If you are involved in negotiations you will, sooner or later, encounter a “non-negotiable” position. This is an inevitable part of negotiating. You might have to lay out your non-negotiable position to someone, or you could receive a non-negotiable position from someone else.
When someone encounters a non-negotiable stand, the common reaction is to get angry and lash back.
Are non-negotiable positions negotiable? Do they serve a purpose at the bargaining table? The answer to both questions is yes.
Non-negotiable positions are appropriate under some circumstances. They serve to lower the expectations of the other party. They can also help make the other party more willing to compromise rather than risk a serious confrontation. However, you should not make something non-negotiable unless you have considered the cost of deadlock; the degree of mutual dependence between the parties; potential backlash; face-saving needs; and your ability to support and defend your position.
Sometimes non-negotiable positions are so extreme that compromise appears virtually impossible. At stake may be deep-rooted values or policies that are of an ethical, religious, professional, or economic nature. The introduction of such a position may create hostility. A non-negotiable position is dangerous for the party making it. It can so inflame the other party that deadlock becomes inevitable on all the other issues being negotiated.
Is there room for taking a non-negotiable position in your negotiations? Of course there is. It happens every day.
“We cannot reveal our costs.”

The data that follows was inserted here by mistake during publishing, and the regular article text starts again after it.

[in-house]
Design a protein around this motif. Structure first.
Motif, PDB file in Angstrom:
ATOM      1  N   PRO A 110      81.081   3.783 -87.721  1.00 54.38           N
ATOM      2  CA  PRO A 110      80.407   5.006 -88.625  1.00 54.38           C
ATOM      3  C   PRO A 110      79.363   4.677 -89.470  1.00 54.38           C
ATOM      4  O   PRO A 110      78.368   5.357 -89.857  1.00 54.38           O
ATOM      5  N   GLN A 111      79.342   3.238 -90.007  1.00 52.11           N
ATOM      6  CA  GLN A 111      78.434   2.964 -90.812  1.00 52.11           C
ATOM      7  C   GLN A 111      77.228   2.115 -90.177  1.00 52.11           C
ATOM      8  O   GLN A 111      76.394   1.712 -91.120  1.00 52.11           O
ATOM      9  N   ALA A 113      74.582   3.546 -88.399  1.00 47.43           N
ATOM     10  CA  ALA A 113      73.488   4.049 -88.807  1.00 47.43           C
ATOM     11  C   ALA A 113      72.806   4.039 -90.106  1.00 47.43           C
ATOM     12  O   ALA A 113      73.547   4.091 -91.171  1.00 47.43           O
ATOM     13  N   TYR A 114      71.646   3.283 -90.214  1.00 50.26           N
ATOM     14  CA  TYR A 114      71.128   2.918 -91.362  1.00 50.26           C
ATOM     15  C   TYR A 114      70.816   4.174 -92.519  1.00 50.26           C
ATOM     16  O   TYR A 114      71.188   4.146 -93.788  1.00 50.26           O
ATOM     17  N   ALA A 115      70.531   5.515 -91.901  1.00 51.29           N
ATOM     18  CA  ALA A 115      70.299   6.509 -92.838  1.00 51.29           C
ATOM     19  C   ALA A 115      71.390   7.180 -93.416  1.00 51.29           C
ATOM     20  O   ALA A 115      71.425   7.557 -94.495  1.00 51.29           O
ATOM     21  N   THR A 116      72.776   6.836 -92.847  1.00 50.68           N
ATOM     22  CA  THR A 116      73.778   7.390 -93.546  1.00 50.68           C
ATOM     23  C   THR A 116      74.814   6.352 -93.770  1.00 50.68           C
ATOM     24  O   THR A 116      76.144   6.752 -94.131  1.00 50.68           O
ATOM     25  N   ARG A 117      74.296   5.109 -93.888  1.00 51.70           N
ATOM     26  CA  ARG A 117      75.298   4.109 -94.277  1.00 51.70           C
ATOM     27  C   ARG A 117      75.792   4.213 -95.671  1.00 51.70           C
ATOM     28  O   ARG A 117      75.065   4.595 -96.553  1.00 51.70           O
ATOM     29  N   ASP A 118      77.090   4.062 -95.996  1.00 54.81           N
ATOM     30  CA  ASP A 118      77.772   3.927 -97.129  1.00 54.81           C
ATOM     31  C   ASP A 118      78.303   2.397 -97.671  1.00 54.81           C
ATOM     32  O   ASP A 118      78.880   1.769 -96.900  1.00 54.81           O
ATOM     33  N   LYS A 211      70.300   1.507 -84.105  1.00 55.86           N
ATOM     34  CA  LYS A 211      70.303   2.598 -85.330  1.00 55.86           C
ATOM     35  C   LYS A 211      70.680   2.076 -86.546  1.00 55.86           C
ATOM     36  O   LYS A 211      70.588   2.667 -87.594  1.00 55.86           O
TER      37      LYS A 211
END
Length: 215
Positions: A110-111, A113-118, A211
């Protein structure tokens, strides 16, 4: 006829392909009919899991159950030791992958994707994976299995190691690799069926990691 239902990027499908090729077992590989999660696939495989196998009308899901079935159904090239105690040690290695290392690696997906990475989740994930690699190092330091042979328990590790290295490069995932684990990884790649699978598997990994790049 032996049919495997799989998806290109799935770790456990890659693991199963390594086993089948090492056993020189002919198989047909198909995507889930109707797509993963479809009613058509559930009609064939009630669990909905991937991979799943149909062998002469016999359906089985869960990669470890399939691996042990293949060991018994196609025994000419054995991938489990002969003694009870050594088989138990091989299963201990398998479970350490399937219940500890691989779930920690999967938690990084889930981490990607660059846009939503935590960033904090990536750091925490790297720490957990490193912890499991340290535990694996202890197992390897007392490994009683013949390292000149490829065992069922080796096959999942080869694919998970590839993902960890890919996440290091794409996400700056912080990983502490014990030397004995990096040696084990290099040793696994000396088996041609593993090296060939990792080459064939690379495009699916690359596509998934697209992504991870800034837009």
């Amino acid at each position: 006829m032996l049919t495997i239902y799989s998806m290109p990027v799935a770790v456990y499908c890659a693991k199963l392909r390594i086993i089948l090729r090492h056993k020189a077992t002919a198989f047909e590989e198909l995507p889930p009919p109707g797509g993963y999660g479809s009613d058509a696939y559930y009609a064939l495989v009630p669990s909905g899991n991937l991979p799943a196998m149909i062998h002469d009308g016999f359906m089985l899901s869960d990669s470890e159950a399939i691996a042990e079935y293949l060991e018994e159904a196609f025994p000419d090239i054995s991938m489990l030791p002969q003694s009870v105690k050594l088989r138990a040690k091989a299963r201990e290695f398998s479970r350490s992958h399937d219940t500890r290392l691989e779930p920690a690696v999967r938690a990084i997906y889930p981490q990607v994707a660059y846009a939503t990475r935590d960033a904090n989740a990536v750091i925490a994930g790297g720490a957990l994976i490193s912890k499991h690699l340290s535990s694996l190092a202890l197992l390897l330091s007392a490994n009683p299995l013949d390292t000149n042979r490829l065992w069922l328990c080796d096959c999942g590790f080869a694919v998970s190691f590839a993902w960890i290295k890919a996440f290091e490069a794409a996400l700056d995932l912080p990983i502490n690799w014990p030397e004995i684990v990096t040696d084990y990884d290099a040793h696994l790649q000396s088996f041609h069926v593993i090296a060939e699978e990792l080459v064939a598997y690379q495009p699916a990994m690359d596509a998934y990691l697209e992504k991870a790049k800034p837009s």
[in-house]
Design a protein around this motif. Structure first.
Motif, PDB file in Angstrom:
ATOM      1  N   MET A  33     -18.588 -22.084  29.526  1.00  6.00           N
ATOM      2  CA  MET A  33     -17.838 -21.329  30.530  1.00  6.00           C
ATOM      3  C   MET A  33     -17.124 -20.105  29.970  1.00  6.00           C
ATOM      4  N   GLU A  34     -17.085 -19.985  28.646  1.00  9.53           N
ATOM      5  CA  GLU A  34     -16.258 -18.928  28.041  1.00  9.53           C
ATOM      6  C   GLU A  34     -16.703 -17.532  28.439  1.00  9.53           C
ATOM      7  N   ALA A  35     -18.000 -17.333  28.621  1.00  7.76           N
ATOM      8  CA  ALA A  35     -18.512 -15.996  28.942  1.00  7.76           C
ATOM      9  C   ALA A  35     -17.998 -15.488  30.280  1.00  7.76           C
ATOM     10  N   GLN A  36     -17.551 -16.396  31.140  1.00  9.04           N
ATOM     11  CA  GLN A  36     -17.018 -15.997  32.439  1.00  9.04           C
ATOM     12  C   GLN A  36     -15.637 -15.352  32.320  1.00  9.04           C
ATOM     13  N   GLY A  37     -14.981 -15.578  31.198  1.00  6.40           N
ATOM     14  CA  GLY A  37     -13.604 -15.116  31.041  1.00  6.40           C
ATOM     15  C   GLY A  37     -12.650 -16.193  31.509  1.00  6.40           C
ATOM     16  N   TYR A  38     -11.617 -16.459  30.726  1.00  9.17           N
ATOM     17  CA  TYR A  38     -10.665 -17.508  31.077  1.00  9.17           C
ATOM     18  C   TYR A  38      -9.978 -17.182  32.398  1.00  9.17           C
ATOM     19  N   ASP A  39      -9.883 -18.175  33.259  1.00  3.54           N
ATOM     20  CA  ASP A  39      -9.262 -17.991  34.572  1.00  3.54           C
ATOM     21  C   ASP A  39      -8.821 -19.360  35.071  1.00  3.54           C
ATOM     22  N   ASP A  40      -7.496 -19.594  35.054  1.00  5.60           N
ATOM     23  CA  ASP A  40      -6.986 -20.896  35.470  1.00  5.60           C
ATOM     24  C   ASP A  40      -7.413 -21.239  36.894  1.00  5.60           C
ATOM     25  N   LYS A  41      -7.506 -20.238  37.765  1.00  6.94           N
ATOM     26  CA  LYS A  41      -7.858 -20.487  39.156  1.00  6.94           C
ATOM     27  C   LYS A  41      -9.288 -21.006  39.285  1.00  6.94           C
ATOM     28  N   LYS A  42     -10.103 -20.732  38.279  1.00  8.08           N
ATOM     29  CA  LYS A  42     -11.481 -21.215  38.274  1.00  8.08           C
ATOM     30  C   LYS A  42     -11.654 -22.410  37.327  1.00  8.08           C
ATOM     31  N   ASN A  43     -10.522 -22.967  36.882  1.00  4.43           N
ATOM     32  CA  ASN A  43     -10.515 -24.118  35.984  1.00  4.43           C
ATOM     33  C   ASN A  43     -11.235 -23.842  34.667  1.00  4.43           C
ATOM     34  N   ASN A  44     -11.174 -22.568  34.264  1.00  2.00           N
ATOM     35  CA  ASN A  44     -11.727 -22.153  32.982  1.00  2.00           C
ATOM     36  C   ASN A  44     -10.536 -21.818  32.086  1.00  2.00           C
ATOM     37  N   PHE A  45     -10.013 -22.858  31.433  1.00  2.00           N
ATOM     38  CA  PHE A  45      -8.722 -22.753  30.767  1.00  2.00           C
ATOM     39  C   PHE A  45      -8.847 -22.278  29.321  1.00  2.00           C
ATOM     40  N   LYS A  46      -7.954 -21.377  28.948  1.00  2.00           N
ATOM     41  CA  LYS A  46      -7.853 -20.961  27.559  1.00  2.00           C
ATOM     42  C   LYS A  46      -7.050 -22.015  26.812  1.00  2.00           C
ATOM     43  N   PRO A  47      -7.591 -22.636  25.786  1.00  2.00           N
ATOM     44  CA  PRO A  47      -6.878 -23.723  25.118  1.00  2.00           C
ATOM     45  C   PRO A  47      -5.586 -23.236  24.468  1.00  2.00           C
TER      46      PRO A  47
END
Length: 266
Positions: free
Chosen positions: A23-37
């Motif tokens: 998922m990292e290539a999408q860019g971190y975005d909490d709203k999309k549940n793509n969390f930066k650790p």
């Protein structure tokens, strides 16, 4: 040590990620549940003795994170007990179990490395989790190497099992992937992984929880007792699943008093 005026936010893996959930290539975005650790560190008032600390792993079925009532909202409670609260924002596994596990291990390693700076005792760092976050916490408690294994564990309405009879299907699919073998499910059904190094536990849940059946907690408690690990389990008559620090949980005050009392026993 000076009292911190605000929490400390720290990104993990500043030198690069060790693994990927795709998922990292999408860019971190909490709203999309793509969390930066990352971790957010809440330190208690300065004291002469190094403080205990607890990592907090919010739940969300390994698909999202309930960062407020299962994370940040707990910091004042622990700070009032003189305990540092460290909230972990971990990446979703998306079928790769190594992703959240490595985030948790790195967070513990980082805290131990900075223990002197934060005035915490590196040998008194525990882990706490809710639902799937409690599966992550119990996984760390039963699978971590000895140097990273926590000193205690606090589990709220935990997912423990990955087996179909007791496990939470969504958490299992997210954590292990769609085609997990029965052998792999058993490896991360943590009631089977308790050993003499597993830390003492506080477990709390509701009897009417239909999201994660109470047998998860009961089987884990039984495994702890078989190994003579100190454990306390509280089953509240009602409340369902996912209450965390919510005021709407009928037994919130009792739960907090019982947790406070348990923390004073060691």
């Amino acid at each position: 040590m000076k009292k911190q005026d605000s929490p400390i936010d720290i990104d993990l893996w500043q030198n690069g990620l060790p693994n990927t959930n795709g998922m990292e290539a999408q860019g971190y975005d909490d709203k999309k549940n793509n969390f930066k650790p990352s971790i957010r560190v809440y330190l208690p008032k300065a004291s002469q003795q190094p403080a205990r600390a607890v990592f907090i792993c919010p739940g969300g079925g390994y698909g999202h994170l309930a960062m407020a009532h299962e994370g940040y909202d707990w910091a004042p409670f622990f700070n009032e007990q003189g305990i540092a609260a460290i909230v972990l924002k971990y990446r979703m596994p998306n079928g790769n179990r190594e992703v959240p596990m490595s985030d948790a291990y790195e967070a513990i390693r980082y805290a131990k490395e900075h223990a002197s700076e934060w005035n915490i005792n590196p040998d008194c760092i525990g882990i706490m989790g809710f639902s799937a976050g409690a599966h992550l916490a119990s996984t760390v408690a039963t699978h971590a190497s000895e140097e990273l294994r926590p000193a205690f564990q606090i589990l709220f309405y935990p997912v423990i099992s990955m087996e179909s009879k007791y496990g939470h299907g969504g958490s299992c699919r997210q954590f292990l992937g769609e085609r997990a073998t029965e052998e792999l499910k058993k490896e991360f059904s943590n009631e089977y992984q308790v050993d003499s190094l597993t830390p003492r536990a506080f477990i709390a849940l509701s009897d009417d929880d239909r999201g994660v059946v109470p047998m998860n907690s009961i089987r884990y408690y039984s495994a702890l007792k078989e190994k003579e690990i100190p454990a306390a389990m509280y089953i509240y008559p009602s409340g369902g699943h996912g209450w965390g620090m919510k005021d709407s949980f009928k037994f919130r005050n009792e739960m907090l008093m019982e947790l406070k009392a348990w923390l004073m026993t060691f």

“We will not show you your competitor’s proposal.”
“We will not give you our design secrets.”
“We cannot reduce the price because government regulations prohibit us from doing so.”
“We will not permit your people to interfere with our management decisions.”
These positions may or may not be non-negotiable, but they sure sound like it to the inexperienced negotiator. You need to test positions like these.
The following countermeasures will help you keep emotions under control even when deeply held values are threatened:
- Move to “off-the-record” discussions to diffuse the hostility and gain a better understanding of the other party’s position.
- Explain why the demands are non-negotiable. Sometimes the best concession you can give is simply a good explanation.
- Be prepared to discuss the issues that are negotiable. Agreement here may soften the non-negotiable positions.
- Don’t panic—remember all of the negotiating tools you have at your disposal.
- Don’t be afraid to use your negotiating strength—with discretion.
Approach something that appears to be non-negotiable with a cool head, complete information, and a thorough understanding of the organizational and personal issues surrounding the position. When challenging a non-negotiable position, provide sufficient time for acceptance of your arguments. This will help soften the non-negotiable position. Karrass research indicates that most non-negotiable positions turn out to be somewhat negotiable.